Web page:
The State of COVID-19 testing in terms of capacity, barriers, types of tests available, and turn around time has changed significantly throughout the course of the pandemic. To get a better understanding of how Mammoth can support the testing community, we conducted a survey of COVID-19 testing labs that was completed by over 500 lab testing professionals between February 23rd and March 10th, 2021.

We’ll share key findings from the survey over the next few weeks via the blog and release an in-depth report shortly! 

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In this post, we cover testing capacity. The key takeaway: The majority of testing labs surveyed want to increase their testing capacity.

COVID-19 testing in the US

At the start of the pandemic, it was difficult for many people to get a SARS-CoV-2 test (referred as “COVID-19 testing” throughout this and future posts). Furthermore, testing labs had difficulty using the CDC’s original test kits. As a result, many organizations created and validated their own testing systems, referred to as laboratory developed tests (LDT’s). 

As the pandemic wore on, testing availability increased and many businesses and schools established screening protocols that allowed them to limit the spread of the virus. Thus, assisting people to get back to work.

We conducted our survey to understand how testing labs are currently thinking about COVID-19 with respect to capacity, types of tests, and barriers limiting testing. 

In terms of capacity, we specifically asked:

“How many COVID-19 samples per a day is your lab currently testing?”


“How many tests per a day is your lab looking to scale to?”

The answer – the majority of labs would like to increase their COVID-19 testing capacity! Despite the decreasing case numbers, roughly 64% of those surveyed would like to increase capacity.

Graphic with a pie chart showing that 64% of survey respondents would like to increase their COVID-19 testing capacity.

Here are our findings based on the breakdown of survey responses from labs of various sizes:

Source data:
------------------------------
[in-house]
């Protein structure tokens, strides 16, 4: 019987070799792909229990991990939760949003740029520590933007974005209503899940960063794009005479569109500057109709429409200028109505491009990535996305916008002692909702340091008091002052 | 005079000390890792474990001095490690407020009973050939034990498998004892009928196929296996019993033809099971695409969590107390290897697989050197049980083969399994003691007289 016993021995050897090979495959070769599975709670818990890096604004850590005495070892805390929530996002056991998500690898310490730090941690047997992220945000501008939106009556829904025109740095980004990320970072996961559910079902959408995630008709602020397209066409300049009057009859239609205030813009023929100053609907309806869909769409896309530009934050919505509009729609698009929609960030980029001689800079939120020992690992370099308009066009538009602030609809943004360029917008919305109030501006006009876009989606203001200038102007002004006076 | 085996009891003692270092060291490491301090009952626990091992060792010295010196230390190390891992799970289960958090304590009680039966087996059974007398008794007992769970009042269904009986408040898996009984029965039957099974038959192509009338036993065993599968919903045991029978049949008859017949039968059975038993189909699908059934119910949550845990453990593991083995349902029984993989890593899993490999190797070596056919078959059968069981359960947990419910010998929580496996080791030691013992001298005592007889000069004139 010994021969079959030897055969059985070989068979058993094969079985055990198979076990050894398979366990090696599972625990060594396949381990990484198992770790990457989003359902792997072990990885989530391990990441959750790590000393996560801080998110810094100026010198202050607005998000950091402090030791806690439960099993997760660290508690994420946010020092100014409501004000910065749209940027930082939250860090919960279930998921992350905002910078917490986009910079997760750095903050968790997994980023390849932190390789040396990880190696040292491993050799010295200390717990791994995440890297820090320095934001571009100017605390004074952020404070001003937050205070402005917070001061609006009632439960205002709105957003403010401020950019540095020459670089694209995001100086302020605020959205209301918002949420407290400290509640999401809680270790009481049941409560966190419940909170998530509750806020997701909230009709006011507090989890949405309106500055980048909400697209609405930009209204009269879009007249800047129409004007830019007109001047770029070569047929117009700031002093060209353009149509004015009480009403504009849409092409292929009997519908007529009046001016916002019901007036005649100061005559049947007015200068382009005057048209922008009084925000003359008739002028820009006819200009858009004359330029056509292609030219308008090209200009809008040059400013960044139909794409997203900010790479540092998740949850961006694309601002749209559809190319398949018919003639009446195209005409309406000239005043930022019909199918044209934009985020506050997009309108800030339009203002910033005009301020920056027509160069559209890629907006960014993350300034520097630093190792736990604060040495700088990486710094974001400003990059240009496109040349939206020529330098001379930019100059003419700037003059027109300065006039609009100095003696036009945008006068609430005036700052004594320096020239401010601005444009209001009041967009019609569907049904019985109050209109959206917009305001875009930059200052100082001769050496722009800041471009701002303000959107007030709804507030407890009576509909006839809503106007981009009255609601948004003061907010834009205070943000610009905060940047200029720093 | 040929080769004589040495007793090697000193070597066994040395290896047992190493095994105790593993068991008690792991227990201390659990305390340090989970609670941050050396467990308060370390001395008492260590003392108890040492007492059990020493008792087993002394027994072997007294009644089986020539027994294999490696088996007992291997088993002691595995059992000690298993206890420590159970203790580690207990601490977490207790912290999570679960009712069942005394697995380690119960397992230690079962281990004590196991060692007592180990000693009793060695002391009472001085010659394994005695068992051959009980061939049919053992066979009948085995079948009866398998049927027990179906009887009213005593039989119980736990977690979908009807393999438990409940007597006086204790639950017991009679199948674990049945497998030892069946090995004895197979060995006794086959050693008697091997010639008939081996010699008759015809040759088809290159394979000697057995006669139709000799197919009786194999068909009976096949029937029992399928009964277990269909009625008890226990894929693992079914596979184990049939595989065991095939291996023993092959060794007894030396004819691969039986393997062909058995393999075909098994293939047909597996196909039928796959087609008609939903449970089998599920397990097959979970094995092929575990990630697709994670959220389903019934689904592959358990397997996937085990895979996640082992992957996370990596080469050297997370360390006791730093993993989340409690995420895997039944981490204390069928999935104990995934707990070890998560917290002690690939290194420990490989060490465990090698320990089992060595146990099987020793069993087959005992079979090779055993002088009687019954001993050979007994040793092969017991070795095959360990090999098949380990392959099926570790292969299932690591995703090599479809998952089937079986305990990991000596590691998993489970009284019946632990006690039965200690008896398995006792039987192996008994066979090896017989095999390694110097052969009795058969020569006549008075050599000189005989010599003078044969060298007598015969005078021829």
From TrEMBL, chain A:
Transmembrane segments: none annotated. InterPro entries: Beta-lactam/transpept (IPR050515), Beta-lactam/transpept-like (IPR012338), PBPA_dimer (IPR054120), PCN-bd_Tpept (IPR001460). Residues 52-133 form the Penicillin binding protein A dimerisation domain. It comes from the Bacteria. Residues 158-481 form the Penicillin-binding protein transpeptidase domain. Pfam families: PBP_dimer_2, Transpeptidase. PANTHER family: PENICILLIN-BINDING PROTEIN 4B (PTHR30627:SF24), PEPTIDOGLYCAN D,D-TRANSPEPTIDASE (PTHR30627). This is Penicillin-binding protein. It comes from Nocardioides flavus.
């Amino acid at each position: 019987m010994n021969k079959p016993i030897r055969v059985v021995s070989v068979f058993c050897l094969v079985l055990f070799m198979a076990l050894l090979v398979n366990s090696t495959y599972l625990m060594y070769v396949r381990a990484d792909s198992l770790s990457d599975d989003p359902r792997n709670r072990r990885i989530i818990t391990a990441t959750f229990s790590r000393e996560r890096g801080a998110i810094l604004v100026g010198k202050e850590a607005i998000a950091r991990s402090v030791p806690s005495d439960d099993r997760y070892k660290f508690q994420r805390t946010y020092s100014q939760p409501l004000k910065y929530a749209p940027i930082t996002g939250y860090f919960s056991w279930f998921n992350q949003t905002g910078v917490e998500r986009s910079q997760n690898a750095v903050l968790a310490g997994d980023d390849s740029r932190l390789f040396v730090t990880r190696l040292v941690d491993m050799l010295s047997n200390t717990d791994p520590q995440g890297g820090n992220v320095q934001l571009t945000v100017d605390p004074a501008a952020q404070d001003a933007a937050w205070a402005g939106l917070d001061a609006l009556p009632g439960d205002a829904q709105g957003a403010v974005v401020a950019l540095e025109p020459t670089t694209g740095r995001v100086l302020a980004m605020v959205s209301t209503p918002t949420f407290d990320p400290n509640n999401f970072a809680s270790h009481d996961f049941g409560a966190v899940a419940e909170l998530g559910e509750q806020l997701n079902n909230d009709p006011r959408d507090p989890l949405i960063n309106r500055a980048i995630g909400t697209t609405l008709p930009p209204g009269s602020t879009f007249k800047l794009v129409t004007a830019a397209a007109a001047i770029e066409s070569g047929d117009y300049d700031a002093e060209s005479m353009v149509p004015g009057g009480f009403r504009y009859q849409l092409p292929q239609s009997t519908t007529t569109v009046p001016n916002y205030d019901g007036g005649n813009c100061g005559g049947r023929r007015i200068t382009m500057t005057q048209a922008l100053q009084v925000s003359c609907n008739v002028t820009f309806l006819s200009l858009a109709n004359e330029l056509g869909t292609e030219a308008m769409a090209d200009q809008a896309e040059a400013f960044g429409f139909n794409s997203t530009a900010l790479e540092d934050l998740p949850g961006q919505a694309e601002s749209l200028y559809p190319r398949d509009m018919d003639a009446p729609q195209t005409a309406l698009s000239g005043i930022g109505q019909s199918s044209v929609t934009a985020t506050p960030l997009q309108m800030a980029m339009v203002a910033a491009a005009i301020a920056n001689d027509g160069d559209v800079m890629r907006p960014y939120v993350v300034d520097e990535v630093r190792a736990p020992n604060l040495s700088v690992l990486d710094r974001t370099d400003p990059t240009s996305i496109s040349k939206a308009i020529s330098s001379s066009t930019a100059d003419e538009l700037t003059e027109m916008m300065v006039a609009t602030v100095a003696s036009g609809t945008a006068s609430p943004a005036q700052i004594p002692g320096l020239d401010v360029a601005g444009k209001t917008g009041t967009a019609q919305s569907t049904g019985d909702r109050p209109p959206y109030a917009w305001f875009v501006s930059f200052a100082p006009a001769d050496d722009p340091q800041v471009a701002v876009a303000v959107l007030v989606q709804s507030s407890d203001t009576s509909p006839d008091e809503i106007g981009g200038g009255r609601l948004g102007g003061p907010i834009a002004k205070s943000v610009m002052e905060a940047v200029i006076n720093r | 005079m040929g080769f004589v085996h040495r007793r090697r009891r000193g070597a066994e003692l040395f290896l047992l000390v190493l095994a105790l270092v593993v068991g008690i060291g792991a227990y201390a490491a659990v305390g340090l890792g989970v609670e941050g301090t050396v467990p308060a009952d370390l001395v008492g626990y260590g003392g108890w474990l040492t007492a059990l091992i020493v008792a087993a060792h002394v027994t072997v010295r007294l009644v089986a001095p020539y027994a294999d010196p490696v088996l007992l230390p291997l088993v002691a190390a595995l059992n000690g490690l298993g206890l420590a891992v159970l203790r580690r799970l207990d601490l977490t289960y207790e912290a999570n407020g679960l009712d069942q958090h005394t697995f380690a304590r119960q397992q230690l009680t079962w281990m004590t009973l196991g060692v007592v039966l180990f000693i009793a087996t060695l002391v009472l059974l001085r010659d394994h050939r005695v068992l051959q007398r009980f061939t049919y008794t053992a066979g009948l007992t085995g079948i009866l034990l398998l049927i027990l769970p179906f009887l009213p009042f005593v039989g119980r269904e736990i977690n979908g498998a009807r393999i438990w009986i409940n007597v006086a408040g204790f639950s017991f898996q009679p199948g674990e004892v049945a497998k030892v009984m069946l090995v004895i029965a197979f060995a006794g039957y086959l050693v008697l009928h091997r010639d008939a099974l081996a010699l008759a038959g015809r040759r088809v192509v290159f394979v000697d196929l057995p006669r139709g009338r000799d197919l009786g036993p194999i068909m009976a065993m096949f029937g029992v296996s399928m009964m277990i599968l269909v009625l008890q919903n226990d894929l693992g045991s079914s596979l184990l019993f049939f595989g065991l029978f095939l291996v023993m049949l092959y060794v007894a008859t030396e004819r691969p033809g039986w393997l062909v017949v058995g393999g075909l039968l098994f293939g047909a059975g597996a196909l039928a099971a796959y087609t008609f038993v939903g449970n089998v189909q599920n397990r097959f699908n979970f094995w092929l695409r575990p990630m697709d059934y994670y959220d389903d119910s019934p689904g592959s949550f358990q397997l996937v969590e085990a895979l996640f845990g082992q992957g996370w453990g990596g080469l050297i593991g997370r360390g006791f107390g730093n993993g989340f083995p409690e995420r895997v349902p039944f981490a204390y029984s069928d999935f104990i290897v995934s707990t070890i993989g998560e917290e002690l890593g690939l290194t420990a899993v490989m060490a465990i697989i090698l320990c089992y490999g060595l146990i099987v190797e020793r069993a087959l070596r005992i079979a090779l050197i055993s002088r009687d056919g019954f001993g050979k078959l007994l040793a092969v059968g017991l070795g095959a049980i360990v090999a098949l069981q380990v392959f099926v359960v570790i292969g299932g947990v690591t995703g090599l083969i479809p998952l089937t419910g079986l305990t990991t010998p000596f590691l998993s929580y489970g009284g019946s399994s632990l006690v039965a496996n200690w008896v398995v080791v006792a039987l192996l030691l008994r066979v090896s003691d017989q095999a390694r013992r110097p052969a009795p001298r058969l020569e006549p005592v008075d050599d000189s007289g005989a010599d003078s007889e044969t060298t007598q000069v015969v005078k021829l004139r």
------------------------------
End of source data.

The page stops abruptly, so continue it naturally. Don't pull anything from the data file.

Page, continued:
1. The majority of the smallest labs (0-100 tests per day) are not looking to increase capacity. 
  2. 50% or more of the labs running > 100 tests per day are looking to increase capacity. 

In fact, a full 82% of mid-sized labs (501-1000 tests per day) would like to increase capacity.

The infographic below provides the breakdown of labs based on size and desired increase in capacity.

Graphic showing the desired COVID-19 testing capacity increases for labs of various sizes.

What is motivating COVID-19 testing labs to increase capacity?

It may seem counterintuitive that labs want to increase capacity while COVID-19 case numbers are decreasing. But we believe there are a few key factors driving this:

  1. Testing labs anticipate surges in the months to come.
    As we have noted in a previous blog post, COVID-19 is expected to stick around in some form for the months and years ahead. Similar to the flu, there may be surges in cases at different points throughout the year. There may also be localized hot spots. Testing labs may want to increase capacity to make sure they are ready for these surges.
  2. Increased testing for workplaces and schools.
    As more people return to work and school, many organizations may start implementing routine testing to help limit future outbreaks. Indeed, experts anticipate that testing will be a key component of re-opening even as vaccines roll out (e.g., see this Axios article and this STAT News article). Amazon has even begun routinely testing some of its warehouse workers.
  3. Labs may want to increase overall testing capacity and capabilities.
    The Association for Molecular Pathology recently conducted its own series of testing surveys. One of their findings is that many testing labs have redirected resources from other kinds testing toward COVID-19. As these labs look to get back to other kinds of (incredibly important!) tests, they may want to bring on COVID-19 testing modalities that use fewer resources and personnel.

Of course, increasing capacity is not as simple as purchasing more equipment, tests or hiring people! There are fundamental challenges that vary by lab types and that limit how capacity is increased. All of which we will be covering in an upcoming blog post and presenting in our State of COVID-19 Laboratory Testing Report! 

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